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Breathing easier

With proper management, most people with asthma can lead a normal, active life.

Asthma is a chronic inflammatory condition of the lung airways. When exposed to certain allergy triggers, the airways become swollen and narrow, causing the symptoms of asthma.

People with asthma suffer terribly for an average of three to five days during each acute attack, when their asthma becomes uncontrolled.

In fact, there are about 20 asthmatic episodes experienced per adult per year. This may not sound like a lot, but for an asthma patient, it can be quite debilitating. Her daily activities are disrupted because of these attacks and she has to spend time in hospital.

Why do these attacks occur? Inflamed and narrow airways lead to coughing, wheezing, chest tightness and labored breathing. Inflamed airways are the root cause of the problem.

Unfortunately, most people with asthma neglect to treat the inflammation, even if it's what the doctor ordered.

Most people with asthma recognize asthma symptoms and experience warning signs before the actual attack occurs. But the problem is that they tend to rely heavily on the blue reliever inhaler, to the extent of neglecting the maintenance inhaler.

What people with asthma need to understand is that both the maintenance and reliever inhaler are needed for proper asthma control.

They both have specific functions and one cannot compensate for the other, which is why many who rely solely on the blue reliever inhaler don't notice an improvement in their condition.

The maintenance inhaler treats the underlying inflammation, and should be used on a daily basis for prevention purposes. The blue reliever inhaler is only used when needed -- usually when the airways become narrow -- to provide fast relief.

Right treatment

It is important to remember that the blue reliever inhaler does not treat inflammation, and over-relying on it will do nothing to help control asthma.

Proper asthma management requires that sufferers use both inhalers, because treating inflammation is a necessary step in controlling asthma in order to prevent asthma attacks.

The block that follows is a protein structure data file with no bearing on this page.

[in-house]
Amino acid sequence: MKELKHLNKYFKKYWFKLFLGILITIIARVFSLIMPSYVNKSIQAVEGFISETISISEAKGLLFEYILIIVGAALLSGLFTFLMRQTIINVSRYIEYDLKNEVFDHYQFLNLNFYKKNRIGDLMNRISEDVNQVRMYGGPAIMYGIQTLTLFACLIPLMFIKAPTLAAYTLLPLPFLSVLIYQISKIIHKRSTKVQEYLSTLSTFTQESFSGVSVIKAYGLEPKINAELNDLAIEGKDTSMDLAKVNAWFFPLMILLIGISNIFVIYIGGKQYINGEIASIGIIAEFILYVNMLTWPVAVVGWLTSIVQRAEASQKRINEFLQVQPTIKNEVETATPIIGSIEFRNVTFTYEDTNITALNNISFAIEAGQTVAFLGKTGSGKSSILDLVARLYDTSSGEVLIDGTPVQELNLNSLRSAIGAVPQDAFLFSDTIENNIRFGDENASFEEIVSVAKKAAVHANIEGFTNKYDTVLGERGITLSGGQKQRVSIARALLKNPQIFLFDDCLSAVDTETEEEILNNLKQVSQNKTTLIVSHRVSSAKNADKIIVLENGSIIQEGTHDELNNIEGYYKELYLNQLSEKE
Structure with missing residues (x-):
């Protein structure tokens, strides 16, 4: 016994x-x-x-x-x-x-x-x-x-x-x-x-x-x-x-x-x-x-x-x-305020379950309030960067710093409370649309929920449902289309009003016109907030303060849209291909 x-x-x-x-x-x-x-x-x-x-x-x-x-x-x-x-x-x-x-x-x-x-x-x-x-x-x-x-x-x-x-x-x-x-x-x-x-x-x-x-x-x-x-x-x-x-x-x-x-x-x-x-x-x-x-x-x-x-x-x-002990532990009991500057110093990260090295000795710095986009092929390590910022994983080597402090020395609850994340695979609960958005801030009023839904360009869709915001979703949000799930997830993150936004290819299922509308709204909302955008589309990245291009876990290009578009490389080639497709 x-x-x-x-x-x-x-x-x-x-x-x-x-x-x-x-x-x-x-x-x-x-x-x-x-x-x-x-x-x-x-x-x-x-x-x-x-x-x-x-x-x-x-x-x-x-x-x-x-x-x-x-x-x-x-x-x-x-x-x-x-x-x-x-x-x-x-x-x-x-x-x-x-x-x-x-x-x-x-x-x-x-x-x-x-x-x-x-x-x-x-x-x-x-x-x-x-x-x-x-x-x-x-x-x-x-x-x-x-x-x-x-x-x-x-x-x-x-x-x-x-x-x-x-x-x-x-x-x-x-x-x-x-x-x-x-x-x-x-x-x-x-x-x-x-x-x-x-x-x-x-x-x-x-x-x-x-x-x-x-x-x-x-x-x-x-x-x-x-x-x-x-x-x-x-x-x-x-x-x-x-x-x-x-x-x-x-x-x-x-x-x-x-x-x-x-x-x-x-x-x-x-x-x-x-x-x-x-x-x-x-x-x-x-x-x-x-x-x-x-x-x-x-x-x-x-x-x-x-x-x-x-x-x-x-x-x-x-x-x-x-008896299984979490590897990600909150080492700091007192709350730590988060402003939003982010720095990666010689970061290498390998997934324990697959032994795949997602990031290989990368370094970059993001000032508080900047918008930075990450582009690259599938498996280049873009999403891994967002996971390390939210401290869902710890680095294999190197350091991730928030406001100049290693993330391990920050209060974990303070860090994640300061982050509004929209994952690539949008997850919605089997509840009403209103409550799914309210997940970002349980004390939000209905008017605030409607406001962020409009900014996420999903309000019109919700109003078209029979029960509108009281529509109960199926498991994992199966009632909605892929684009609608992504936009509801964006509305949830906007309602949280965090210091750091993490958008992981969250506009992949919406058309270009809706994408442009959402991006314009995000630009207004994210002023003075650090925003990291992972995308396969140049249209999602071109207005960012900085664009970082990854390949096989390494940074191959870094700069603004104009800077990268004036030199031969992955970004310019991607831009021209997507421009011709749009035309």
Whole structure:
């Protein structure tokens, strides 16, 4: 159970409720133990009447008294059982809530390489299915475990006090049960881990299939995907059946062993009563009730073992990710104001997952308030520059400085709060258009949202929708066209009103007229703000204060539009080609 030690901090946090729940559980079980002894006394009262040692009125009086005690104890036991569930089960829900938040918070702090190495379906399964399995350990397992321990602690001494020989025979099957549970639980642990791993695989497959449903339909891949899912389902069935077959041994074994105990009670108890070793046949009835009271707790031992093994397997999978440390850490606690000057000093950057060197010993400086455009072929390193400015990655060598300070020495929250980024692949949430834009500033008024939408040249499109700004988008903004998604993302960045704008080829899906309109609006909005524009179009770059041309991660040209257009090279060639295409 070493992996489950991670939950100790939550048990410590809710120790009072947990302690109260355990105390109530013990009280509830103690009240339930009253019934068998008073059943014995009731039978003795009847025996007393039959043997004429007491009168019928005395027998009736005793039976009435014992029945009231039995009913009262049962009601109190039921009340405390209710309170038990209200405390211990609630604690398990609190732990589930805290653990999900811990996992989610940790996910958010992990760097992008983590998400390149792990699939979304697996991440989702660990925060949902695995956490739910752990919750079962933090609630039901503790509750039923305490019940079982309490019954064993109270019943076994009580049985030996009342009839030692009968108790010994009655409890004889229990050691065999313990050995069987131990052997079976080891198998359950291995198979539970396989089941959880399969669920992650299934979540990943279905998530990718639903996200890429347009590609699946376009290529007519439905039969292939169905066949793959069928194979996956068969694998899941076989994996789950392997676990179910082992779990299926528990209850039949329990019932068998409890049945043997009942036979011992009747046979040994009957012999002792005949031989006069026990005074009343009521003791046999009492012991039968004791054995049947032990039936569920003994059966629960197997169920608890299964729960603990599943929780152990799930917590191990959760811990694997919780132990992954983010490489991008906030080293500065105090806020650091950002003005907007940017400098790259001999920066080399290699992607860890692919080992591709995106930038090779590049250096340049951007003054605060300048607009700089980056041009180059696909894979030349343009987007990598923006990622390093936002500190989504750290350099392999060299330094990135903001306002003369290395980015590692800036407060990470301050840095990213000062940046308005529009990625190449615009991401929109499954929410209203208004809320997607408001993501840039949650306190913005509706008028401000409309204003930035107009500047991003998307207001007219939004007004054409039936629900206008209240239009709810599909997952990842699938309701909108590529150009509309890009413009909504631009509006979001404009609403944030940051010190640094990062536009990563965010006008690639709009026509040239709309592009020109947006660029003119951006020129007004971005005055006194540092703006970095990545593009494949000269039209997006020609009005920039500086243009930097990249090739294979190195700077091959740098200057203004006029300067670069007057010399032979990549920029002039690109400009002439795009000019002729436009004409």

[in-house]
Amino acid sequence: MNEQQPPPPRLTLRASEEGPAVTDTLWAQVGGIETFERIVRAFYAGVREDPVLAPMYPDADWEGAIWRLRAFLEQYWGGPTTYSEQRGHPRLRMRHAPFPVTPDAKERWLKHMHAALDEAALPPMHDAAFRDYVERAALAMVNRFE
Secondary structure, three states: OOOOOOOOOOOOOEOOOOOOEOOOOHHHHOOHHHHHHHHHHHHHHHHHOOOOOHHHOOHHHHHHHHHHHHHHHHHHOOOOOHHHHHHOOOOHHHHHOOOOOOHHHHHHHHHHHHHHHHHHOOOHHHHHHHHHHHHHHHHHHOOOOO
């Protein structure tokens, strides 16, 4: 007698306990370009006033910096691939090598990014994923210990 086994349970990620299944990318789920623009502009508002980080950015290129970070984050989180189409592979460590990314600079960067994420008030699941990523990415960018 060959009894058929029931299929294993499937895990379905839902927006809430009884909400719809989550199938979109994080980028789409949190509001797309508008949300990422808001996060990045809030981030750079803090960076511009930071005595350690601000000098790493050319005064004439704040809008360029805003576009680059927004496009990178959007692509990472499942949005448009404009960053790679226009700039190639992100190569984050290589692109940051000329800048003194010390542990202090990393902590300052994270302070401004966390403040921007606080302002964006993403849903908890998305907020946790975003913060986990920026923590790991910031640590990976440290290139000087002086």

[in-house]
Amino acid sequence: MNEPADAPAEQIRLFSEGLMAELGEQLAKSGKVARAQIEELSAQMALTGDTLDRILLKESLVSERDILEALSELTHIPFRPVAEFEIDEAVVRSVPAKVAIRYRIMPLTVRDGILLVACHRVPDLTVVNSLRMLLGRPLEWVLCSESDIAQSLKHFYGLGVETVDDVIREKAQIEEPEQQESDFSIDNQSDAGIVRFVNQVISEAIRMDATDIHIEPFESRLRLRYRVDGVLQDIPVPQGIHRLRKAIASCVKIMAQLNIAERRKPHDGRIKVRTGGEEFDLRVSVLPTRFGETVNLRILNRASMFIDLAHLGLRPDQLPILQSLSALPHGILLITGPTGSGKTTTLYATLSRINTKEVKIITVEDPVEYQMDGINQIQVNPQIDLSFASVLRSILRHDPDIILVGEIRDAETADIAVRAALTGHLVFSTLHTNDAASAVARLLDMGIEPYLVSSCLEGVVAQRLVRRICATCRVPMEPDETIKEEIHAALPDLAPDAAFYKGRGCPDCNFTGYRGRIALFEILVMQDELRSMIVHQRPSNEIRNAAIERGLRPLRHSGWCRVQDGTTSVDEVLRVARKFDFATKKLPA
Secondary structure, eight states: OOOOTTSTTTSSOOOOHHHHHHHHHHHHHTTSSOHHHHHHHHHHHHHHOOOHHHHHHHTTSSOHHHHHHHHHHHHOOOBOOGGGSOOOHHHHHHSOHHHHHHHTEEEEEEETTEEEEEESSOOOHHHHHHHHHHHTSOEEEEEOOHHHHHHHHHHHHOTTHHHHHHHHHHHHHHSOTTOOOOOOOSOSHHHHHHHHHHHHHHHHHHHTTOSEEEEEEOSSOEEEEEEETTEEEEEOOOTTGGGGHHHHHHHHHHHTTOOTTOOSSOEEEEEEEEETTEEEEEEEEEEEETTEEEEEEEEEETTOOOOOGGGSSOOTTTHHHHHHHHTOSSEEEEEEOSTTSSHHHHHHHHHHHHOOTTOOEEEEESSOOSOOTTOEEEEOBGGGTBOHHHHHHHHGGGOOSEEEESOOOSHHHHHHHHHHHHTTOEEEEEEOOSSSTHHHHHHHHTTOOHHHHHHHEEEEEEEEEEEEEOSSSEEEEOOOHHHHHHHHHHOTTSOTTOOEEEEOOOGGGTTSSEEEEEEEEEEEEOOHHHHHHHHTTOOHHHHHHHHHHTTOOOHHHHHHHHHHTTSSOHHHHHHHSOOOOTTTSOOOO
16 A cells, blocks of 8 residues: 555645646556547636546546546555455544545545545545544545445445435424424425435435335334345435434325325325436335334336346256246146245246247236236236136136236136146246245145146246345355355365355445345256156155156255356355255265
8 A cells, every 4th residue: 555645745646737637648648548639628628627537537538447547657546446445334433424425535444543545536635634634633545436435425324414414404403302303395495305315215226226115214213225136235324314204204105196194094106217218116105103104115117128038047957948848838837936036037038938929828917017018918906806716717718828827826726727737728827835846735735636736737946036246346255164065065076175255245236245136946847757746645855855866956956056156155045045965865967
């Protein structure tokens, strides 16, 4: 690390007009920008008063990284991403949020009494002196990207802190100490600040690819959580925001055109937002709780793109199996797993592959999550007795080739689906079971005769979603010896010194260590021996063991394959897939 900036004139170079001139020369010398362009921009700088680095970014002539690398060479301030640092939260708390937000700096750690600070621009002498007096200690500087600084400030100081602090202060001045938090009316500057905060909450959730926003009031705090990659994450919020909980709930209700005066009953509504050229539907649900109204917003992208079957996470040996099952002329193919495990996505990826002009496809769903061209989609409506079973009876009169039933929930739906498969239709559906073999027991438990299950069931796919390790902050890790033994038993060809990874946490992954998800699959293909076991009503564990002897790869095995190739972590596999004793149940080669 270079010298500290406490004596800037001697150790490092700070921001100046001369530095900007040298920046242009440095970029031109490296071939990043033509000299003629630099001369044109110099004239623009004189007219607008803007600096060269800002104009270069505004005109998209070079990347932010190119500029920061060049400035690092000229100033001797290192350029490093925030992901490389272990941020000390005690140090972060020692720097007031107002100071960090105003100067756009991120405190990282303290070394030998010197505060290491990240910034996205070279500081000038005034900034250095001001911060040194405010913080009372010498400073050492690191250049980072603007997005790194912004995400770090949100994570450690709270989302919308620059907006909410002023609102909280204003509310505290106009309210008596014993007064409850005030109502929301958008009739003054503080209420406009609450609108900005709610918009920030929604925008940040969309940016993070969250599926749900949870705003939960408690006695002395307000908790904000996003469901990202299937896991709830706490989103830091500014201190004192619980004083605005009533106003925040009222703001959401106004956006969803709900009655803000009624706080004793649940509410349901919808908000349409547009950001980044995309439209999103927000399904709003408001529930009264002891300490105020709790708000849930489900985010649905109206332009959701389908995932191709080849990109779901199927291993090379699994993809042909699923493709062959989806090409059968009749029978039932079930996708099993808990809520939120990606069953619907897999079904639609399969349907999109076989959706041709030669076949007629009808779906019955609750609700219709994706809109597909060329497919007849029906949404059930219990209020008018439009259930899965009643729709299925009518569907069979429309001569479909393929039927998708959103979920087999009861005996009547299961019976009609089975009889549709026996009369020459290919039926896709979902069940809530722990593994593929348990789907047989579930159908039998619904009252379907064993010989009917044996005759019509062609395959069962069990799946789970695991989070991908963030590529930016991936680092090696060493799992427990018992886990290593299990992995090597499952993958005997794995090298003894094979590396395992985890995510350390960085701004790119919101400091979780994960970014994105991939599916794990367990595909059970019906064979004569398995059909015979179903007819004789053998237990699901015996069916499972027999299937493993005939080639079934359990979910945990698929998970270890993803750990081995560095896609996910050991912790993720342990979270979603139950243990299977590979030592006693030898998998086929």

Many patients fail to understand the importance of using both the inhalers as part of their asthma management. Many can't tell the difference between the functions of inhalers of different colors, and using multiple inhalers becomes confusing for some.

If the root of the problem lies in inflamed airways, then the solution is to prevent or control this inflammation.

The key to proper asthma management and prevention of attacks is to treat the underlying airway inflammation early and adequately. People with asthma should consult their physicians on the best way to treat their asthma.

New approach

Today's respiratory physicians, referring to the Global Initiative for Asthma guidelines, would treat asthma patients based on control rather than severity.

The latest approach to asthma management is known as the Single inhaler Maintenance And Reliever Therapy - simply known as SMART. With SMART, people with asthma use just one inhaler, because it provides both the daily maintenance dose and reliever use if needed.

The new inhaler is easily identified by its colour -- a red turbuhaler -- which differentiates it from the other inhalers used currently. And having to rely on just one inhaler means people with asthma would not get confused, as they did in the past.

Extensive clinical research has been done for this new approach. Worldwide, more than 14,000 patients, including Malaysians, participated in the SMART clinical development program.

The results showed that SMART provided better overall asthma control and helped reduce the risk and number of serious asthma attacks.

With the SMART approach, people with asthma can look forward to fast relief, better asthma control and an improved quality of life in the long term. People with asthma can follow some simple actions to control their asthma:

Consult your doctor first -- only after the correct diagnosis can the most appropriate asthma management therapy be recommended, tailored specifically to the patient.

Stay alert to your asthma symptoms -- know your symptoms well and listen to your body. Act immediately to control your asthma.

Understand your medicines -- heed your doctor's advice on asthma medications, and when to take them.

Avoid asthma triggers -- asthma is a variable disease; many things can trigger an attack, so be alert to what triggers your attacks. Is it cigarette smoke, dust, pollution, pet hair, medication or certain foods?

Don't let your asthma, control you -- you can control your asthma.

     
     

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